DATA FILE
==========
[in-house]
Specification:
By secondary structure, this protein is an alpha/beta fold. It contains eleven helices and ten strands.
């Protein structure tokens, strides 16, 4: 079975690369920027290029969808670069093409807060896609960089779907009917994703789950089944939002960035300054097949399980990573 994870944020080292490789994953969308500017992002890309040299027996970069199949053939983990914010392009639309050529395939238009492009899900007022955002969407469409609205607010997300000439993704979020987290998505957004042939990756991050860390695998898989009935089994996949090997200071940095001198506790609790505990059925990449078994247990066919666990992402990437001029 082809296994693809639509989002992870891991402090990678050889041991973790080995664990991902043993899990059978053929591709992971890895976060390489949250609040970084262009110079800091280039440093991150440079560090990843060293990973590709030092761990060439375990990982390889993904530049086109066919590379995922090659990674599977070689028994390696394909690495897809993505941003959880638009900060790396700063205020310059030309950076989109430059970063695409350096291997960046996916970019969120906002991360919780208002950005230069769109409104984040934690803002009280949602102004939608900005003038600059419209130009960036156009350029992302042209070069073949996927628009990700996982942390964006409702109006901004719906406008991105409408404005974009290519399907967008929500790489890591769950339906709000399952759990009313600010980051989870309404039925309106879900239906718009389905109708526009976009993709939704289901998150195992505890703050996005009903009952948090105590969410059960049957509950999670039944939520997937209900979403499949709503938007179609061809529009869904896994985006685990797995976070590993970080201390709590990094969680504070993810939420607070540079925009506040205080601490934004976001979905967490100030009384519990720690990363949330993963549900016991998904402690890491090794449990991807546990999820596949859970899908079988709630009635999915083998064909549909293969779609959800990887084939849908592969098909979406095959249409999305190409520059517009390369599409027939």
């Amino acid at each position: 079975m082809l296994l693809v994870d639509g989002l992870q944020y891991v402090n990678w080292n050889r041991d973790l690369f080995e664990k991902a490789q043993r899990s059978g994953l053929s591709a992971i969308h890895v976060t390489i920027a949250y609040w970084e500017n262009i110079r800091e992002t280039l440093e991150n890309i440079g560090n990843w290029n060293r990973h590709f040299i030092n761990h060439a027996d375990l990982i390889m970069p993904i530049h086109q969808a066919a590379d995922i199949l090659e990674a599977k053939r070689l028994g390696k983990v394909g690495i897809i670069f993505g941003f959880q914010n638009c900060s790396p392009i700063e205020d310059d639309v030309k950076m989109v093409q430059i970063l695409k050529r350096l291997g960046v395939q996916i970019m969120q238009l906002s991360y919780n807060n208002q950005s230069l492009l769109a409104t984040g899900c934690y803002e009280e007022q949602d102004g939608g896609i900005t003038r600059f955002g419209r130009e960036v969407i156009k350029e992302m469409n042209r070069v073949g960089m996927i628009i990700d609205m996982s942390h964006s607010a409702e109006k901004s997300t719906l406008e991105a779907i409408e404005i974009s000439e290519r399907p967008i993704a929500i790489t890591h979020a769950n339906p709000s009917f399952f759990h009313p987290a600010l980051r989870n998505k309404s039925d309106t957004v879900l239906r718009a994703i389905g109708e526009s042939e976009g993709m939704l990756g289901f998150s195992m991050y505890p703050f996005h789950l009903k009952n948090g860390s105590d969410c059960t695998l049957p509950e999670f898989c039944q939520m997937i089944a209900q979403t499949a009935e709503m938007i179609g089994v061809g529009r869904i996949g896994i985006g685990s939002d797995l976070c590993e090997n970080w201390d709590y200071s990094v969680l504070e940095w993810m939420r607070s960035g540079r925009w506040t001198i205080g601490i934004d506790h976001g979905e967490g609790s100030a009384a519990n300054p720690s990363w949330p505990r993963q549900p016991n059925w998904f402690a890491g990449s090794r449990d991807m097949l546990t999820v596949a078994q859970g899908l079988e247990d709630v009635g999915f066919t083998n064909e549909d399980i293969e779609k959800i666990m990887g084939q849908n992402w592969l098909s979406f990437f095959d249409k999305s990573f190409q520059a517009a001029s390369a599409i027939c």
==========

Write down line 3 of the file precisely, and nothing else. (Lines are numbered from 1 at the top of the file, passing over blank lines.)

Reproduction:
By secondary structure, this protein is an alpha/beta fold. It contains eleven helices and ten strands.